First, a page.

|Application ||WB, IHC|
|Reactivity||Human, Mouse, Rat|
|Calculated MW||105356 Da|
|Other Names||Nuclear factor NF-kappa-B p105 subunit, DNA-binding factor KBF1, EBP-1, Nuclear factor of kappa light polypeptide gene enhancer in B-cells 1, Nuclear factor NF-kappa-B p50 subunit, NFKB1|
|Target/Specificity||A synthetic peptide corresponding to residues in the nuclear factor NF-κB p50 subunit was used as immunogen. This antibody will detect both forms; p50 and p105.|
|Format||50 mM Tris-Glycine (pH 7.4), 0.15 M NaCl, 40% Glycerol, 0.01% sodium azide and 0.05% BSA.|
|Storage||Maintain refrigerated at 2-8°C for up to 6 months. For long term storage store at -20°C in small aliquots to prevent freeze-thaw cycles.|
|Precautions||NF-κB Antibody (p105/p50) is for research use only and not for use in diagnostic or therapeutic procedures.|
|Function||NF-kappa-B is a pleiotropic transcription factor present in almost all cell types and is the endpoint of a series of signal transduction events that are initiated by a vast array of stimuli related to many biological processes such as inflammation, immunity, differentiation, cell growth, tumorigenesis and apoptosis. NF-kappa-B is a homo- or heterodimeric complex formed by the Rel-like domain-containing proteins RELA/p65, RELB, NFKB1/p105, NFKB1/p50, REL and NFKB2/p52 and the heterodimeric p65-p50 complex appears to be most abundant one. The dimers bind at kappa-B sites in the DNA of their target genes and the individual dimers have distinct preferences for different kappa-B sites that they can bind with distinguishable affinity and specificity. Different dimer combinations act as transcriptional activators or repressors, respectively. NF-kappa-B is controlled by various mechanisms of post-translational modification and subcellular compartmentalization as well as by interactions with other cofactors or corepressors. NF-kappa-B complexes are held in the cytoplasm in an inactive state complexed with members of the NF-kappa-B inhibitor (I-kappa-B) family. In a conventional activation pathway, I-kappa-B is phosphorylated by I-kappa-B kinases (IKKs) in response to different activators, subsequently degraded thus liberating the active NF-kappa-B complex which translocates to the nucleus. NF-kappa-B heterodimeric p65-p50 and RelB-p50 complexes are transcriptional activators. The NF-kappa-B p50-p50 homodimer is a transcriptional repressor, but can act as a transcriptional activator when associated with BCL3. NFKB1 appears to have dual functions such as cytoplasmic retention of attached NF-kappa-B proteins by p105 and generation of p50 by a cotranslational processing. The proteasome-mediated process ensures the production of both p50 and p105 and preserves their independent function, although processing of NFKB1/p105 also appears to occur post-translationally. p50 binds to the kappa-B consensus sequence 5'-GGRNNYYCC-3', located in the enhancer region of genes involved in immune response and acute phase reactions. In a complex with MAP3K8, NFKB1/p105 represses MAP3K8-induced MAPK signaling; active MAP3K8 is released by proteasome-dependent degradation of NFKB1/p105.|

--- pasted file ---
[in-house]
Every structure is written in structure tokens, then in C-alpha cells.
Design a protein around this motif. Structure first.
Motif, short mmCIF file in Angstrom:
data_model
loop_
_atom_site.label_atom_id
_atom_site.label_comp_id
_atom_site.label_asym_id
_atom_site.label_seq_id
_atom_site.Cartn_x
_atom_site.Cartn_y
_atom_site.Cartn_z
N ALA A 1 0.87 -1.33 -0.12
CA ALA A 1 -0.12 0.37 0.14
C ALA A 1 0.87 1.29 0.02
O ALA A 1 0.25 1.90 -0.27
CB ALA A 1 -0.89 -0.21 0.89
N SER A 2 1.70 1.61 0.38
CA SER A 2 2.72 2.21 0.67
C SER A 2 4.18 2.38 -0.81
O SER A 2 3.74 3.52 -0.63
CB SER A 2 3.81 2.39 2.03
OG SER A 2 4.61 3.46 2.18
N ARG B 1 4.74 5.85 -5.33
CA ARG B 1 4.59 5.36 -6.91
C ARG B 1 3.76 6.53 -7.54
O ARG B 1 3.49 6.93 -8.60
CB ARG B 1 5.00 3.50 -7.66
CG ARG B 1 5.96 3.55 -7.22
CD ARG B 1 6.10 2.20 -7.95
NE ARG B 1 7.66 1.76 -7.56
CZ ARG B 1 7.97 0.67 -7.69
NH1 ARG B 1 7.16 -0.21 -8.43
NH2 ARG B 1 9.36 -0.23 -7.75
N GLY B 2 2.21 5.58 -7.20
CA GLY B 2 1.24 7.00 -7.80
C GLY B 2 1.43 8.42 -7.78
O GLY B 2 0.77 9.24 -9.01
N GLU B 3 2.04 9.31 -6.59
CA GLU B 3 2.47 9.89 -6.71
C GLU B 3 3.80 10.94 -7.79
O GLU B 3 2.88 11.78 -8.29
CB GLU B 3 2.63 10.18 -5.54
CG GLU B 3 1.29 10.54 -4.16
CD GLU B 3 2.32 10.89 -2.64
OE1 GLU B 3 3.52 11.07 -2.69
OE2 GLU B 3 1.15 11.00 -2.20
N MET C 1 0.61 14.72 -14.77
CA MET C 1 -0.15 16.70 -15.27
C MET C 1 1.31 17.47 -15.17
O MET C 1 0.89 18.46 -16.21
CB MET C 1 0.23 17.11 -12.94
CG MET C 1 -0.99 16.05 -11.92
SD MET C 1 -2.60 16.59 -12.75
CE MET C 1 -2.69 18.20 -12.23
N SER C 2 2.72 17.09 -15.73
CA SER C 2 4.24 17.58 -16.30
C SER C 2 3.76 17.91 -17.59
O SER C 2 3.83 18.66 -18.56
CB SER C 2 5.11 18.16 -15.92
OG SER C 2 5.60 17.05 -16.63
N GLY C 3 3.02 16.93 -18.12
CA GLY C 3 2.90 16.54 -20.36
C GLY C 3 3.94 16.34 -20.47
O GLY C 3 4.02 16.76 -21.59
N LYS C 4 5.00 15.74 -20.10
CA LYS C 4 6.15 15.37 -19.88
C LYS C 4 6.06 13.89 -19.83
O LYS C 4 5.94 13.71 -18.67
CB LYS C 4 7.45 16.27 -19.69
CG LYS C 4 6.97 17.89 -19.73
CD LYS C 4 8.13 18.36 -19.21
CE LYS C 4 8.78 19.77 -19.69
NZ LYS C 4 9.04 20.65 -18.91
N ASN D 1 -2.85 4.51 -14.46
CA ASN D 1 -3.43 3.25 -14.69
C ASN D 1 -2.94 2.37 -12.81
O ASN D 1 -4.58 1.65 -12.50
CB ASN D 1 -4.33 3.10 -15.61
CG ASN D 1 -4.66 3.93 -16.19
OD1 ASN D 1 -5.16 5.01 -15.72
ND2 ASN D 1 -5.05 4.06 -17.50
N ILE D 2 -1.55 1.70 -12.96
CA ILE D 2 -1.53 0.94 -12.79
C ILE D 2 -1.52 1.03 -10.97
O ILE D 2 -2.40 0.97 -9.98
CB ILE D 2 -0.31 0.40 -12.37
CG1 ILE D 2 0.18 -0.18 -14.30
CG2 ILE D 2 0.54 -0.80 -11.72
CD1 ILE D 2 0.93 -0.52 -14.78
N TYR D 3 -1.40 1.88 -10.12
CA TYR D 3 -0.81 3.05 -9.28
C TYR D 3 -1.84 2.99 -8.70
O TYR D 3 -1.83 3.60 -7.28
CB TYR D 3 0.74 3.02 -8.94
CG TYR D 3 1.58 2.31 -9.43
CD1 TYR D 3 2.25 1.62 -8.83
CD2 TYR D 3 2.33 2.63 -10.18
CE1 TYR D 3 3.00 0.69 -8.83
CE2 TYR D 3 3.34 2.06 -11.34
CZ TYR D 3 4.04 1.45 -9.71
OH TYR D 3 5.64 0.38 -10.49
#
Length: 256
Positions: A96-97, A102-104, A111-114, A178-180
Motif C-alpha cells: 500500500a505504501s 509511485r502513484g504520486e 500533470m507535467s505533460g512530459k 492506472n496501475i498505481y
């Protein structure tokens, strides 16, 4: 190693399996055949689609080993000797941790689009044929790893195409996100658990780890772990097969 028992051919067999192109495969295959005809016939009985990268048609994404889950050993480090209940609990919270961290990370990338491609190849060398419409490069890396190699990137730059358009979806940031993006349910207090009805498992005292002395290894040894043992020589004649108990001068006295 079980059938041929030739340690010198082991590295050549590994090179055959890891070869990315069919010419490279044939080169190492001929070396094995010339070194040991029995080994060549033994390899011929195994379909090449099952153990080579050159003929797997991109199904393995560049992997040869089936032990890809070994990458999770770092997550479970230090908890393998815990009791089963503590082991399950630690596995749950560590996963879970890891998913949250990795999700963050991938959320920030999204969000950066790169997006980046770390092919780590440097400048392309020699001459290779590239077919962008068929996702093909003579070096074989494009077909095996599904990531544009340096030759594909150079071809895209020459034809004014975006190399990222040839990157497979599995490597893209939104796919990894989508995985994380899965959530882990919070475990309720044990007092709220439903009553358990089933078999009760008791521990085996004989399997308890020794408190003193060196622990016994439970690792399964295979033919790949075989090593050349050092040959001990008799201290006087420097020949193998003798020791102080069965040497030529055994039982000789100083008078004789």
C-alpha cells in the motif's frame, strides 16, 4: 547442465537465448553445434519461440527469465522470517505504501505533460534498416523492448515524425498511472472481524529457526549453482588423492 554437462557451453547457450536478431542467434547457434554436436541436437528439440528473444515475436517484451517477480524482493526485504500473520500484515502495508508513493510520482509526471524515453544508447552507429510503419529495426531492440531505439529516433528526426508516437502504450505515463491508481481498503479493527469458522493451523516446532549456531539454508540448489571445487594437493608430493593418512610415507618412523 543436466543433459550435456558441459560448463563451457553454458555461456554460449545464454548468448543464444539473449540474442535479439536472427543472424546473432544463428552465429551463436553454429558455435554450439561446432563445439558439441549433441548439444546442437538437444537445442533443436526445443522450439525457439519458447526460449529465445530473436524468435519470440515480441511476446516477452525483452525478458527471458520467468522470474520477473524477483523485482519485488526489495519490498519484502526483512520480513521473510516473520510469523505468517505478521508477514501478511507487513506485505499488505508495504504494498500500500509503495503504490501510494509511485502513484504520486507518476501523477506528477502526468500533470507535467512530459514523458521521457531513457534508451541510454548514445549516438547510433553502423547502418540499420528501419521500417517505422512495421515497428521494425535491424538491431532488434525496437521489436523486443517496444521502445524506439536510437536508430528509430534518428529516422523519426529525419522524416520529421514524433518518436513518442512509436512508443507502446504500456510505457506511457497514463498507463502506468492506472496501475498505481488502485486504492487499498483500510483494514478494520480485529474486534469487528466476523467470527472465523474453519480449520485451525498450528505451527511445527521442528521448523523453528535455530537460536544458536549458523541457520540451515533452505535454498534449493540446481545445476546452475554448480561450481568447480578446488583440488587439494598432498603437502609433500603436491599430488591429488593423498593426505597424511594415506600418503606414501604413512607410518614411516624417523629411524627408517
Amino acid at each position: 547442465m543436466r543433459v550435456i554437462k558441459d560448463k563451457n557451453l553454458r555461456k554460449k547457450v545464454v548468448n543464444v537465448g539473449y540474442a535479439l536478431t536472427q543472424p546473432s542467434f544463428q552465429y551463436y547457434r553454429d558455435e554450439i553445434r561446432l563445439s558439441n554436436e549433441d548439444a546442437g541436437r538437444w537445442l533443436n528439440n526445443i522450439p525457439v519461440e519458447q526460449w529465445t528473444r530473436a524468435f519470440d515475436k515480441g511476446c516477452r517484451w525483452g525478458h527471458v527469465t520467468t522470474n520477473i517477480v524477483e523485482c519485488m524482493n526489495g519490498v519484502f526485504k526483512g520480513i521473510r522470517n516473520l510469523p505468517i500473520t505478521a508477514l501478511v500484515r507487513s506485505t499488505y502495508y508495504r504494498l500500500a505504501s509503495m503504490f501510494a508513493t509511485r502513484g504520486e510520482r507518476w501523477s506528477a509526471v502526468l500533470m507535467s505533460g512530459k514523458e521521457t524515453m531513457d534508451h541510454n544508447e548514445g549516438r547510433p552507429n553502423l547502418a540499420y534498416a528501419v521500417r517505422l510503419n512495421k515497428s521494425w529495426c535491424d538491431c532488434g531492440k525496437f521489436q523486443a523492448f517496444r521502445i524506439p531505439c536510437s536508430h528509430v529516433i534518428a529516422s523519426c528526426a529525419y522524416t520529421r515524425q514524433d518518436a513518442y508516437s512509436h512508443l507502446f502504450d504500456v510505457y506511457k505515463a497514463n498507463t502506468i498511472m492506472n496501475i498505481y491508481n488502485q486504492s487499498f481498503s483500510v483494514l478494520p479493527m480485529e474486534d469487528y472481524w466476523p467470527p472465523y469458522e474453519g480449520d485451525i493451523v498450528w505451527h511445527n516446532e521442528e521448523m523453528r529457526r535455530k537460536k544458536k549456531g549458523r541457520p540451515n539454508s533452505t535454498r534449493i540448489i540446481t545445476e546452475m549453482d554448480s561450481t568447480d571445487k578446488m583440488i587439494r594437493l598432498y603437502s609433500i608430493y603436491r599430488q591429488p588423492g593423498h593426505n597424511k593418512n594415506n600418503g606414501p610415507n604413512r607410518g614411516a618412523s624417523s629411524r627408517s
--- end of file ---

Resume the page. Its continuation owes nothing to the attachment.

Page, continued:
|Cellular Location||Nucleus. Cytoplasm. Note=Nuclear, but also found in the cytoplasm in an inactive form complexed to an inhibitor (I-kappa-B)|
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Provided below are standard protocols that you may find useful for product applications.
Nuclear factor B (NF-B) encompasses an important family of inducible transcriptional activators that regulate a wide variety of cellular and viral genes (1). The family members include p50, p52, p65 (RelA), c-Rel, and RelB (2). Association with inhibitory proteins of the IκB family retains NF-κB in the cytoplasm. Degradation of IB proteins exposes the nuclear localization sequence (NLS), leading to nuclear translocation and subsequent binding of NF-B to DNA (3). The p105 precursor protein acts as an NFκB inhibitor, retaining Rel subunits in the cytoplasm of unstimulated cells. Upon stimulation by TNFα and IL -1α, degradation of p105 occurs; the Rel subunit is released and translocats to the nucleus (4). Additionally, p105 will be proteolytically processed by the 26S proteasome to produce a smaller, transcriptionally active form (p50) (5).
1. Baldwin , A. S., Jr. (1996) Annu. Rev. Immunol. 14, 649-683
2. Verma, I., Stevenson, J., Schwarz, E., Van Antwerp, D. & Miyamoto, S. (1995) Genes Dev. 9, 2723-2735
3. Marc D. Jacobs Stephen C. Harrison. (1998); Cell Volume 95, Issue 6, 749-758
4. Rice, N. R., MacKichan, M. L., and Israel, A. (1992) Cell 71, 243-253
5. Palombella, V. J., Rando, O. J., Goldberg, A. L., and Maniatis, T. (1994) Cell 78, 773-785
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